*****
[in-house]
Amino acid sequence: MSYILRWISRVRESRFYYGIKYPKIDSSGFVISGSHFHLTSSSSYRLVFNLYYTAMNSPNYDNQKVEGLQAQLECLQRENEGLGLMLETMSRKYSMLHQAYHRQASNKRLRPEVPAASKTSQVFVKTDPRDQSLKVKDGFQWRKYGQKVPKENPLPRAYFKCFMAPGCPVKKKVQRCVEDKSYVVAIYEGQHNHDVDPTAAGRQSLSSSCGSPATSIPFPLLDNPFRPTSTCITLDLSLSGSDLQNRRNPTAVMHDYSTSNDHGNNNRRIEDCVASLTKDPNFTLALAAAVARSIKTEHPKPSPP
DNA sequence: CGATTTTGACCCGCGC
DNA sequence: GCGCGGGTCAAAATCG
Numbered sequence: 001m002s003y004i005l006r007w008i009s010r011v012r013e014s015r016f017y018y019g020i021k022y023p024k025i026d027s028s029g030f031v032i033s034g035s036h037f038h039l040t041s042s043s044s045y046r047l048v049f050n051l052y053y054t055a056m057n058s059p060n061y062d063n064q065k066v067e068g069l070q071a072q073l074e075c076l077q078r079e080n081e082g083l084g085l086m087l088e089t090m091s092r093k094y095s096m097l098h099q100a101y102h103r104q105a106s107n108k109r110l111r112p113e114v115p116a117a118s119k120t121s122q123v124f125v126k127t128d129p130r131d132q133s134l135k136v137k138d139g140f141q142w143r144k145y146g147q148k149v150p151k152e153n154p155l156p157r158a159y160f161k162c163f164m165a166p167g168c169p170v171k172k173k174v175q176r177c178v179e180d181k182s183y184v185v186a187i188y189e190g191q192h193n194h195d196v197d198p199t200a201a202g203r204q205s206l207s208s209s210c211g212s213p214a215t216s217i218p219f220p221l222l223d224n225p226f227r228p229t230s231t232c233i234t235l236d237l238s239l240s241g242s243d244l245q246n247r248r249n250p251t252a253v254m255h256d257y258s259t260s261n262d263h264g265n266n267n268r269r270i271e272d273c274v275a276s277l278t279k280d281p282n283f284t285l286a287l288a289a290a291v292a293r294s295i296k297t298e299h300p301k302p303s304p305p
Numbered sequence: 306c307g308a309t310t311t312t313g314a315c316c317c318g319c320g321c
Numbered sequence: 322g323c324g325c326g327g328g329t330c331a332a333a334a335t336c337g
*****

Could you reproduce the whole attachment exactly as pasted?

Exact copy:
[in-house]
Amino acid sequence: MSYILRWISRVRESRFYYGIKYPKIDSSGFVISGSHFHLTSSSSYRLVFNLYYTAMNSPNYDNQKVEGLQAQLECLQRENEGLGLMLETMSRKYSMLHQAYHRQASNKRLRPEVPAASKTSQVFVKTDPRDQSLKVKDGFQWRKYGQKVPKENPLPRAYFKCFMAPGCPVKKKVQRCVEDKSYVVAIYEGQHNHDVDPTAAGRQSLSSSCGSPATSIPFPLLDNPFRPTSTCITLDLSLSGSDLQNRRNPTAVMHDYSTSNDHGNNNRRIEDCVASLTKDPNFTLALAAAVARSIKTEHPKPSPP
DNA sequence: CGATTTTGACCCGCGC
DNA sequence: GCGCGGGTCAAAATCG
Numbered sequence: 001m002s003y004i005l006r007w008i009s010r011v012r013e014s015r016f017y018y019g020i021k022y023p024k025i026d027s028s029g030f031v032i033s034g035s036h037f038h039l040t041s042s043s044s045y046r047l048v049f050n051l052y053y054t055a056m057n058s059p060n061y062d063n064q065k066v067e068g069l070q071a072q073l074e075c076l077q078r079e080n081e082g083l084g085l086m087l088e089t090m091s092r093k094y095s096m097l098h099q100a101y102h103r104q105a106s107n108k109r110l111r112p113e114v115p116a117a118s119k120t121s122q123v124f125v126k127t128d129p130r131d132q133s134l135k136v137k138d139g140f141q142w143r144k145y146g147q148k149v150p151k152e153n154p155l156p157r158a159y160f161k162c163f164m165a166p167g168c169p170v171k172k173k174v175q176r177c178v179e180d181k182s183y184v185v186a187i188y189e190g191q192h193n194h195d196v197d198p199t200a201a202g203r204q205s206l207s208s209s210c211g212s213p214a215t216s217i218p219f220p221l222l223d224n225p226f227r228p229t230s231t232c233i234t235l236d237l238s239l240s241g242s243d244l245q246n247r248r249n250p251t252a253v254m255h256d257y258s259t260s261n262d263h264g265n266n267n268r269r270i271e272d273c274v275a276s277l278t279k280d281p282n283f284t285l286a287l288a289a290a291v292a293r294s295i296k297t298e299h300p301k302p303s304p305p
Numbered sequence: 306c307g308a309t310t311t312t313g314a315c316c317c318g319c320g321c
Numbered sequence: 322g323c324g325c326g327g328g329t330c331a332a333a334a335t336c337g